Elizabeth: Friday Writing Sprints

Welcome to the end of another week.  Mine didn’t get off to the best of starts, but it is ending on a much better note, and not just because my internet is up and running again.

The weather has taken a turn for the fall-ish today–cool enough for me to pull out my favorite light-weight flannel shirt.  True, I’m still barefoot, but I’m cozy and not in danger of melting into a puddle of sweat, so that is a good thing. 

The leaves are preparing for their final descent and during my evening walk, the lawn of my nearby park was sporting drifts of crimson and gold even though the landscaping crew had been by earlier in the day to rake and mow.  My flowers, however, are convinced we’re still in the midst of summer and are busily blooming away.  As I work, I can see a pot of colorful flowers that are very popular with bees and hummingbirds alike.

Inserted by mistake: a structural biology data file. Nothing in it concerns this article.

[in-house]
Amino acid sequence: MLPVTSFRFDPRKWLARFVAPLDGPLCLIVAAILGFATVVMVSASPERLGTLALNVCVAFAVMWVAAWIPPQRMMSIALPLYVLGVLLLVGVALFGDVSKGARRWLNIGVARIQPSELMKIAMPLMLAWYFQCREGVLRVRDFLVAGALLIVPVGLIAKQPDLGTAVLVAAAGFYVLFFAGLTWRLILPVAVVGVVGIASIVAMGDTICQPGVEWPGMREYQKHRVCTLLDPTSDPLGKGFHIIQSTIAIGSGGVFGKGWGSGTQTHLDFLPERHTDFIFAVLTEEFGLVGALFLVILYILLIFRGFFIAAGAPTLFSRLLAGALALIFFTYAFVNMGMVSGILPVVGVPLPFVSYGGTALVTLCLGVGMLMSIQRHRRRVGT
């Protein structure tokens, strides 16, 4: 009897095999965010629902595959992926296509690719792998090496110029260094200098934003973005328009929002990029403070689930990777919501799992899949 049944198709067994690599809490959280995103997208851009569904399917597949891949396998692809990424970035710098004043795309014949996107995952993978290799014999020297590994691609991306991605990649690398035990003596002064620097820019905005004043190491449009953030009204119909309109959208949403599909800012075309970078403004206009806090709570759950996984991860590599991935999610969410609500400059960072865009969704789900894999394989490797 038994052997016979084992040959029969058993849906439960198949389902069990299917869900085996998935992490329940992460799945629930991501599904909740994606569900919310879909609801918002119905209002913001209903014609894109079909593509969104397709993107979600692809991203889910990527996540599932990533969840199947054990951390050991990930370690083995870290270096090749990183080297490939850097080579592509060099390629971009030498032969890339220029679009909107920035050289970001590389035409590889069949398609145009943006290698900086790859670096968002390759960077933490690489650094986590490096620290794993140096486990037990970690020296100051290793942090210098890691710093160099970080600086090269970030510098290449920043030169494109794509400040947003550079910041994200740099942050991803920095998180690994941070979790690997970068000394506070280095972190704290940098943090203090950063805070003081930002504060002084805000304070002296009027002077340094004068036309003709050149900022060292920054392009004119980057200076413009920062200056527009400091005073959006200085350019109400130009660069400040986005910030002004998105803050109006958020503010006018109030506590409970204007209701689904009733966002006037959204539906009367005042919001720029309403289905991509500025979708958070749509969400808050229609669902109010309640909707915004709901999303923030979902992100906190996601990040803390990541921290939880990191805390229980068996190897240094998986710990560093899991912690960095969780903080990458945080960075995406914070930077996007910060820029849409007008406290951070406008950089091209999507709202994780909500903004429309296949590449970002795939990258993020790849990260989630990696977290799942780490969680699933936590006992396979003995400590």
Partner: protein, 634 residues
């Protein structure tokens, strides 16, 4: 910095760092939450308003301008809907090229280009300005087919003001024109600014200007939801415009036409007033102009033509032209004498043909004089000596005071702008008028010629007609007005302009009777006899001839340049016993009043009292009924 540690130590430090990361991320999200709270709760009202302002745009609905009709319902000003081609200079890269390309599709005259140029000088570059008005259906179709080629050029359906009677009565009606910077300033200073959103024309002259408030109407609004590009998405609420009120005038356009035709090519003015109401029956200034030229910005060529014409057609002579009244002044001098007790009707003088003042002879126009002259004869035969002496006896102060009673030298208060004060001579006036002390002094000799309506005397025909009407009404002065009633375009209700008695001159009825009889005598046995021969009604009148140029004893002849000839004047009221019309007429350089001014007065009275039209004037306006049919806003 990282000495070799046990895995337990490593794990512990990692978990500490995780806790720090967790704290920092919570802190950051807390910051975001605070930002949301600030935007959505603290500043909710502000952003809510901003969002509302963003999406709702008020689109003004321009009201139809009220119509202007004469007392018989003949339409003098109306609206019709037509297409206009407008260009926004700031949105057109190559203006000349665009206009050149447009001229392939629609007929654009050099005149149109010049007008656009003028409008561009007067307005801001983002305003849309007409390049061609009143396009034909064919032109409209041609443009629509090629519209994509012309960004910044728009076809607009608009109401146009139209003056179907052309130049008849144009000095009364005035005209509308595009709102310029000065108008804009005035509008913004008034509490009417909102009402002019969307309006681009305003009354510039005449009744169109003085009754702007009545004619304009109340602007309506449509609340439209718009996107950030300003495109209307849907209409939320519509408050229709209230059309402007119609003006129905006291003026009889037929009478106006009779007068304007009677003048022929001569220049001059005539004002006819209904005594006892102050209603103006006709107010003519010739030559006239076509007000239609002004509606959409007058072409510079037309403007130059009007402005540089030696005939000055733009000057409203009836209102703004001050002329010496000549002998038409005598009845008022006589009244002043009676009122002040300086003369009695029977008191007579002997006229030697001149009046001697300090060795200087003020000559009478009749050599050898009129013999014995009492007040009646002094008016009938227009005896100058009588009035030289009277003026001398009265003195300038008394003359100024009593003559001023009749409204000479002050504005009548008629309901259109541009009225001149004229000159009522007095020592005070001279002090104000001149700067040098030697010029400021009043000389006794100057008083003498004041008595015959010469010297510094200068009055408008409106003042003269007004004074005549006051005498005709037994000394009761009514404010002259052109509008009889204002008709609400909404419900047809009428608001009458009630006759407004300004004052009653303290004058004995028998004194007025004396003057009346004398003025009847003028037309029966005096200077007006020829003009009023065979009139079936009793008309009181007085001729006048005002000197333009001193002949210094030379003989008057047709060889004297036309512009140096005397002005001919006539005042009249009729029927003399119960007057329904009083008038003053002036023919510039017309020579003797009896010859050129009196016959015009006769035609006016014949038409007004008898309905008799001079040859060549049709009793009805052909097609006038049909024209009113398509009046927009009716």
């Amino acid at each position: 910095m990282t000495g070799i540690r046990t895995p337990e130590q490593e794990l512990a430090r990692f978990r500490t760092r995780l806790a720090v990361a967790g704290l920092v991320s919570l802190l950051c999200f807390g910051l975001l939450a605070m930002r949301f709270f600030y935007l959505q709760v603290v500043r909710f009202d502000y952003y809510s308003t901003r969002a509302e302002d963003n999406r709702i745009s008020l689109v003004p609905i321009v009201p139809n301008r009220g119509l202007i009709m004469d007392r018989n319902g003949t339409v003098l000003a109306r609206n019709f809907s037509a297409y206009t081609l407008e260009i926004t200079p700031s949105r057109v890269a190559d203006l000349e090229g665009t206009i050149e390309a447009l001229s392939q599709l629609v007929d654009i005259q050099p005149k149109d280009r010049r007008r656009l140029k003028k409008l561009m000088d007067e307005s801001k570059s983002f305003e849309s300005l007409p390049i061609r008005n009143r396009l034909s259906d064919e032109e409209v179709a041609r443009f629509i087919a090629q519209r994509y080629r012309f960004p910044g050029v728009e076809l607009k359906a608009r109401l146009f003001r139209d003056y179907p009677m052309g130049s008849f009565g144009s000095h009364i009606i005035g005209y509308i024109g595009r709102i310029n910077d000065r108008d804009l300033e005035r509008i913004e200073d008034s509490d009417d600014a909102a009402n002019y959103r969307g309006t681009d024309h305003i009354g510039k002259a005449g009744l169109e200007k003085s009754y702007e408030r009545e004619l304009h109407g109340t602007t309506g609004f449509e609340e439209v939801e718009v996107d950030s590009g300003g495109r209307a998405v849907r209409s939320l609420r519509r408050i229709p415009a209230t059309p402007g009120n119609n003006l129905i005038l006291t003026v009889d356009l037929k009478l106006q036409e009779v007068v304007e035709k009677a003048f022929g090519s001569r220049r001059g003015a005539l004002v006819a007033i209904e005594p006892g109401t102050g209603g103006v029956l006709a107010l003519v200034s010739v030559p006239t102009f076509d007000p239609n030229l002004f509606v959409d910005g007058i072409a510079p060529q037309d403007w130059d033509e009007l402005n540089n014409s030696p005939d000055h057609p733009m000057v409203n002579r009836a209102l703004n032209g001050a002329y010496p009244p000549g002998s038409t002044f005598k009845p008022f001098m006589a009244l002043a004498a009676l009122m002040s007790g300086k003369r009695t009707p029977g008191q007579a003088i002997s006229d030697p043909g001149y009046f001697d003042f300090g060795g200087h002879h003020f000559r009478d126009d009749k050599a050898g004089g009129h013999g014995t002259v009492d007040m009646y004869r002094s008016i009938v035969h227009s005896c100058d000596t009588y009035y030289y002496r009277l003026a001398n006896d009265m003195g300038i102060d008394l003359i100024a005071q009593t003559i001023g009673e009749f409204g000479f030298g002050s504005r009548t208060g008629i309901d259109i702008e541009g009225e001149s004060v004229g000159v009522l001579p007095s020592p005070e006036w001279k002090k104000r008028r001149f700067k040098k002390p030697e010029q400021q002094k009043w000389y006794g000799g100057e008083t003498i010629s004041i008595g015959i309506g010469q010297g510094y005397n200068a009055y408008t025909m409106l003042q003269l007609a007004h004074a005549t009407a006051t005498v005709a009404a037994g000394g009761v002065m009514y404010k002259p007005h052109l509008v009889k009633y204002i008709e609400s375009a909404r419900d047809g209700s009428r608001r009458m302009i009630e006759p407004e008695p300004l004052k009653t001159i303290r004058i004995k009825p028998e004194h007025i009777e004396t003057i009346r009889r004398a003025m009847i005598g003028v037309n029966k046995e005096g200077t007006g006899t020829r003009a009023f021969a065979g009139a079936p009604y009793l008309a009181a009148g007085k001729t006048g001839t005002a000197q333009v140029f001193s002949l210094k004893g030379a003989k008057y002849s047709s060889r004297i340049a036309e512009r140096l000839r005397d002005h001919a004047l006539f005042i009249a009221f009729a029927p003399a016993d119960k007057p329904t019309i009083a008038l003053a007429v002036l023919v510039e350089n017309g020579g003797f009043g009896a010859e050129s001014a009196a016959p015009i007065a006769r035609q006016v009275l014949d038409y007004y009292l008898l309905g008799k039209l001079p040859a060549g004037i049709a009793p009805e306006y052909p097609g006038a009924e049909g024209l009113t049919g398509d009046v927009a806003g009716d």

The only thing on my agenda today–other than work and some quality “staring off into space” time–is to give today’s writing prompt and random words a try.

Care to join me? Continue reading

Kay: Me and Nora

Nora Roberts

I’ve been having a tough time with the WIP. I’m doing revisions after an edit letter, and friends, it’s not going well. The book sucks. Why didn’t the editor just say so? I hate it when they’re so polite, like they think you can make it better. No, I cannot make it better, because maybe you didn’t hear me: The whole thing sucks. If I could have made it better, I would have done so long ago.

I should probably just delete the whole thing now and save everyone a ton of misery.

So I went looking for something to cheer me up, and what I found was 10 well-known quotes from Nora Roberts. She’s so bracing. I swear to you, that woman has never thrown herself a pity party in her life. Hearing her speak or reading her advice is like dashing ice water on your face. It makes you blink, but it brings you to your senses. And more good news: her birthday is Saturday, so you have time to get her a card. Continue reading